Democracy then and now

DEMOCRACY: Councillor Jim McMahon speaking at the launch of the ‘Local Democracy Exhibition’

THE TOPIC for today’s blog picks itself with ‘Local Democracy Week’ now underway across the Borough.

I attended and spoke at the launch of the new ‘Local Democracy Exhibition’ at Gallery Oldham on Friday night to help kick-start our series of local events.

This is a genuinely fascinating exhibition which charts the history of democracy in our Borough and tells the stories of local people and their involvement in politics and change.

It looks at local political parties, social and Trade Union movements, and acts of individual and collective action – and there is a very rich and powerful tapestry here of inspiring stories.

But I see the purpose of this exhibition not just about being there to educate our young people or entertain history buffs – it’s more fundamental than that.

I want to use Local Democracy Week as a whole as an opportunity to engage with residents. I also want to look at our place in history and seek to learn from it as we move our Borough into the future. 

As part of that tomorrow night (Thursday from 6pm to 8pm) we are holding the first-ever live Question Time event for Cabinet Members. This is a chance for the public to engage and ask your burning questions – either in person, or from the comfort of your armchair. 

This will be the first event to ever be streamed live on the Oldham Council website and – linked to various social media activity on Facebook and Twitter – is designed to encourage people to participate.

Please do take this opportunity now to submit questions – or apply for tickets to attend this event – by emailing calling 0161 770 1975/5696. 

You can also tweet questions and comments to @oldhamQT or visit us on Facebook

There are further events also taking place this week around the districts – including one on a barge in Saddleworth(!) – and you can find out more about these by visiting

What I think is important about all these events is that they give us an opportunity to reflect on where we are in 2011. 

By that I mean looking at this subject in the context of what people fought for in the past, and what the quality of our modern democracy really is today. 

If you look back to August 1819 in this exhibition you’ll see men and women from our Borough famously marching to Peterloo to fight for ‘One Man, One Vote’. 

In what became a defining moment of its age, cavalry then charged into the crowd that had gathered at St Peter’s Field killing 15 people – five from our Borough – and injuring up to 700. 

You can only imagine what the coverage of such an event would be like now in our age of 24/7 rolling news channels but – more importantly – I wonder if, in 2011, we as a society still hold true to the legacy of the causes that these protesters held dear?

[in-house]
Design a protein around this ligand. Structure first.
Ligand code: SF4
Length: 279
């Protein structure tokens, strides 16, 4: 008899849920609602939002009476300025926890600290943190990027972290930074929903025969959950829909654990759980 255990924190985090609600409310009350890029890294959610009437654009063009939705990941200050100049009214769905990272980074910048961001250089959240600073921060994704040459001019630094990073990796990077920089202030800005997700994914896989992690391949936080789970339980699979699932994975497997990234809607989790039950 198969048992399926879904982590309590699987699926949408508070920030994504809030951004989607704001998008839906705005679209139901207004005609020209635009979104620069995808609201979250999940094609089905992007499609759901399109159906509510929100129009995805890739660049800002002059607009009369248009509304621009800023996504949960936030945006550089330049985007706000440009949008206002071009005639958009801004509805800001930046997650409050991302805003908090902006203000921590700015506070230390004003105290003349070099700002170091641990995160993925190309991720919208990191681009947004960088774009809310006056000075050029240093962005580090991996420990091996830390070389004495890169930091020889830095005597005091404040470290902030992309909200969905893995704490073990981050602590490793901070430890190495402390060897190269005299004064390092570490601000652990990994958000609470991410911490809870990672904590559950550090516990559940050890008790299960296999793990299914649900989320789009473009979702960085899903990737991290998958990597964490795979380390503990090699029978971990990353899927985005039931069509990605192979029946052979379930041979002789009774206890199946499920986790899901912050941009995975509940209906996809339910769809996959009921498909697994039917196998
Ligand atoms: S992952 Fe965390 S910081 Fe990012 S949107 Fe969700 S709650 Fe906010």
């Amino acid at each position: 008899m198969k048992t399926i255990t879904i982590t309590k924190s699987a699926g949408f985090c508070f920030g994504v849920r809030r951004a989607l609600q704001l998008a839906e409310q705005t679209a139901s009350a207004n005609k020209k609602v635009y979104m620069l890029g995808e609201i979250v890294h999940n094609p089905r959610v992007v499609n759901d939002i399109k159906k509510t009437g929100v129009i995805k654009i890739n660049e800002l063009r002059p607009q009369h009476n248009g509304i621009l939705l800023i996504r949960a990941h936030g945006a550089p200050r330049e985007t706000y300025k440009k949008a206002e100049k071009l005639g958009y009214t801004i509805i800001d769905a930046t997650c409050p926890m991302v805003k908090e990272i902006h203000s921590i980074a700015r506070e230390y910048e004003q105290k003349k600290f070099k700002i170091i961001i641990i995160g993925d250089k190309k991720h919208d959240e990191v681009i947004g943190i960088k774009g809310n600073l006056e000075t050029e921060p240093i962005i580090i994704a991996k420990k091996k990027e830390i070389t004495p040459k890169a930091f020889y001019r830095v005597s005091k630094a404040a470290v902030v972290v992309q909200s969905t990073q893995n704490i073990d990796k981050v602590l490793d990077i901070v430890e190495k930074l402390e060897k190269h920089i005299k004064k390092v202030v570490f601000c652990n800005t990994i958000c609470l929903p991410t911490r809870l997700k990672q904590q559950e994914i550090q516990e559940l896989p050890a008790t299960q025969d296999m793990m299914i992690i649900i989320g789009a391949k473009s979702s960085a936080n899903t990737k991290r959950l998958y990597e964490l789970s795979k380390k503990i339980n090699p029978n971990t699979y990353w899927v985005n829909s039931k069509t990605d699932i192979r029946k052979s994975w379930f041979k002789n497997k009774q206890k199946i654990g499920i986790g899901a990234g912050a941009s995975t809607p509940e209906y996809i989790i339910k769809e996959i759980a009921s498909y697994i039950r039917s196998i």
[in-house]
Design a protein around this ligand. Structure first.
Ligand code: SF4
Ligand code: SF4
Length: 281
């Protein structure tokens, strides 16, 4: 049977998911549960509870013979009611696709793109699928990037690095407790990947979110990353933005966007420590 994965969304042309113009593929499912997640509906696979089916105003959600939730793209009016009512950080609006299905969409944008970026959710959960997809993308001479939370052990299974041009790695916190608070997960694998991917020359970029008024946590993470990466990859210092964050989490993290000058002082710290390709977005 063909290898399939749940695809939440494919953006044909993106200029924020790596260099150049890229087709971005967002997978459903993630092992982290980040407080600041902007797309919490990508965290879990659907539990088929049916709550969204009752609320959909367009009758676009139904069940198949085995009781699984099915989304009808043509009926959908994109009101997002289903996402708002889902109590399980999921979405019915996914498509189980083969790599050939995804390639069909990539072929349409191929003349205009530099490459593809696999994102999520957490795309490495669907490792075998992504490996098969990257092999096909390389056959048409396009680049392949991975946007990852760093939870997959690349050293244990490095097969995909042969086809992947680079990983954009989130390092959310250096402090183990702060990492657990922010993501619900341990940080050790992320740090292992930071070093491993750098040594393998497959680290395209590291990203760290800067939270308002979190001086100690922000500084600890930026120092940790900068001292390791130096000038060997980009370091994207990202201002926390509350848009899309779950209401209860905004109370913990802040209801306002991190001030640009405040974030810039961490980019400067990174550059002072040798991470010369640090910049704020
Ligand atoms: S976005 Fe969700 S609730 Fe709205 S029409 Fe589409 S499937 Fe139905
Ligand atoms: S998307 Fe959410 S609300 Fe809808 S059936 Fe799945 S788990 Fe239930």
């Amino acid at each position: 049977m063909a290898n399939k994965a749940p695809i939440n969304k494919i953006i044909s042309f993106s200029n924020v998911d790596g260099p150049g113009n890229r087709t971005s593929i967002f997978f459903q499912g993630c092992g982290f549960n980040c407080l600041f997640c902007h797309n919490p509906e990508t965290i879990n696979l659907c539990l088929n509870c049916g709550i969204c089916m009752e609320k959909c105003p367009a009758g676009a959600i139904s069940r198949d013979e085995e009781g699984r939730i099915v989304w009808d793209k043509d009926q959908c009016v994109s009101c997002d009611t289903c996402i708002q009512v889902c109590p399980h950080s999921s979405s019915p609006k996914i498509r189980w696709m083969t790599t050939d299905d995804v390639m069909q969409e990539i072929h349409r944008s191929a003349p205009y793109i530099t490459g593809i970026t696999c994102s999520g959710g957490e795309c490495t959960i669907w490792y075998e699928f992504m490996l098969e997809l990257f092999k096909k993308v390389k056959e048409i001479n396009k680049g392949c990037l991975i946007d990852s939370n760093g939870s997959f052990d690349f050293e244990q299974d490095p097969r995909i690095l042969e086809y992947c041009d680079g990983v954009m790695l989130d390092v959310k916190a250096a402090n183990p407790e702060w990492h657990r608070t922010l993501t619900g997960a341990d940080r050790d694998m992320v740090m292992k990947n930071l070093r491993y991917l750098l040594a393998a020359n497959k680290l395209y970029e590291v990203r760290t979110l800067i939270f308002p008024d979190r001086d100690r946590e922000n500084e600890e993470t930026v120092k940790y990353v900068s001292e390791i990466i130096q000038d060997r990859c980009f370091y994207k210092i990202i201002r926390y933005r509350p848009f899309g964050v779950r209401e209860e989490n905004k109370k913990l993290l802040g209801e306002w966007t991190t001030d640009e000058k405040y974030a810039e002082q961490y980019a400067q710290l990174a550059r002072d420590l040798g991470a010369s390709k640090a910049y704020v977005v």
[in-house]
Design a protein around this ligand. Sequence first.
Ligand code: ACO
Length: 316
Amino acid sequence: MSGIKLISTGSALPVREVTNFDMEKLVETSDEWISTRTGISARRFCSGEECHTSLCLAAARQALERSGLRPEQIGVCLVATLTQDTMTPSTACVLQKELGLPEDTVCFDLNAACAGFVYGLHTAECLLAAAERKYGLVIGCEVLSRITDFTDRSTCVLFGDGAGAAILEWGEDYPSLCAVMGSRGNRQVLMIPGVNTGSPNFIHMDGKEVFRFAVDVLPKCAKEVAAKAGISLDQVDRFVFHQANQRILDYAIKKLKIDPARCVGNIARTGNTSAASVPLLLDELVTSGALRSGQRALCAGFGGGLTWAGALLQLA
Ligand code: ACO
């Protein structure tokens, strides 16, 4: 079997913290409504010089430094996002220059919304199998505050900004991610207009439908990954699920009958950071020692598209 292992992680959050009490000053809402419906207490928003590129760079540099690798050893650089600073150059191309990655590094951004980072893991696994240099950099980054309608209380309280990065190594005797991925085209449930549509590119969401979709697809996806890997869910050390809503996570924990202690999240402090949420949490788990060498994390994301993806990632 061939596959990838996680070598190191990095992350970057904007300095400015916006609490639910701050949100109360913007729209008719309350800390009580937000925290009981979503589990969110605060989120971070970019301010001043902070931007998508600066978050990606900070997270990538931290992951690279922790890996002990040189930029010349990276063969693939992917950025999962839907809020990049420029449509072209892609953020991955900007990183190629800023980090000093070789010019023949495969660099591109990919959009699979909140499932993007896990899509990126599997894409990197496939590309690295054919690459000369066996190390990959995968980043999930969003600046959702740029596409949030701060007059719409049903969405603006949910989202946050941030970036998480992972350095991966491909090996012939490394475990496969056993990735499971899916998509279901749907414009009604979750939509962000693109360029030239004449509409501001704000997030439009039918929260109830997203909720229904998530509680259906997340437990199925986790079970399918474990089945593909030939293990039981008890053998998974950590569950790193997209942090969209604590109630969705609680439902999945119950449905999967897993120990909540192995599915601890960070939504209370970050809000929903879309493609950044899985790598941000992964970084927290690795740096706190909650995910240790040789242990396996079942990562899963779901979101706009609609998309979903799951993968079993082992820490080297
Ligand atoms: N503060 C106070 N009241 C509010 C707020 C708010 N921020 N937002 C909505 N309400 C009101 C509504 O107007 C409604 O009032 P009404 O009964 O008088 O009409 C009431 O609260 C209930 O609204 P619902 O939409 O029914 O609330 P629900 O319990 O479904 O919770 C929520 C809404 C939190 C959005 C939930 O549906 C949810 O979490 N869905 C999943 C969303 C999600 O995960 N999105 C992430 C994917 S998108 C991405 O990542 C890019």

Is what people fought for what we have ended up with?

The battle for ‘one man, one vote’ was hard fought but today some people think they can cast more than one vote by attempting to undertake postal vote fraud– or to dictate how others in their household will vote.

We also have thousands of people who don’t even use their right to vote. The 65 per cent turnout in the 2010 General Election was up four per cent on 2005 – but it still means one in three people actively declined to vote.

At the exhibition opening we were treated to a fantastic preview of a play by Oldham Theatre Workshop, performed brilliantly by Scott McDowell and Olivia Cooke from Royton.

This harked back – amongst other episodes in our history – to Annie Kenney and her infamous heckling of Winston Churchill at Manchester’s Free Trade Hall in 1905. 

Again it made me wonder what Springhead’s Kenney – our very own leading figure in the Suffragette movement, who served 13 stints in prison for her cause – would think about democracy in 2011. 

Specifically, I wonder how she would feel – having fought for the right of women to vote – to learn that in households today some women do not exercise this right, and in certain cases even pass it on to the ‘man of the house’?

Equally what would those Free Liberals and Trade Unionists who fought for working class representation in Parliament think about our House of Commons today?

Allowances originally brought in to help working class people become Members of Parliament have to my mind since been abused. 

Would these erstwhile campaigners think that the current Commons membership – of which 35 per cent were privately educated, and three in ten went to Oxbridge – is really the representative chamber they fought so hard for?

My essential point here is this: That if we forget how hard-fought democracy was, we are in danger of becoming nothing more than a throwback to the old Rotten Boroughs – the product of a system that did not want to change. 

This is all – again – part of that wider ‘disconnect’ I’ve referred to in earlier blogs about the relationships between decision makers and those affected by decisions. 

And if we neglect these problems at a local and national level – by failing to engage citizens in debate and discussion – then they are simply only going to get worse.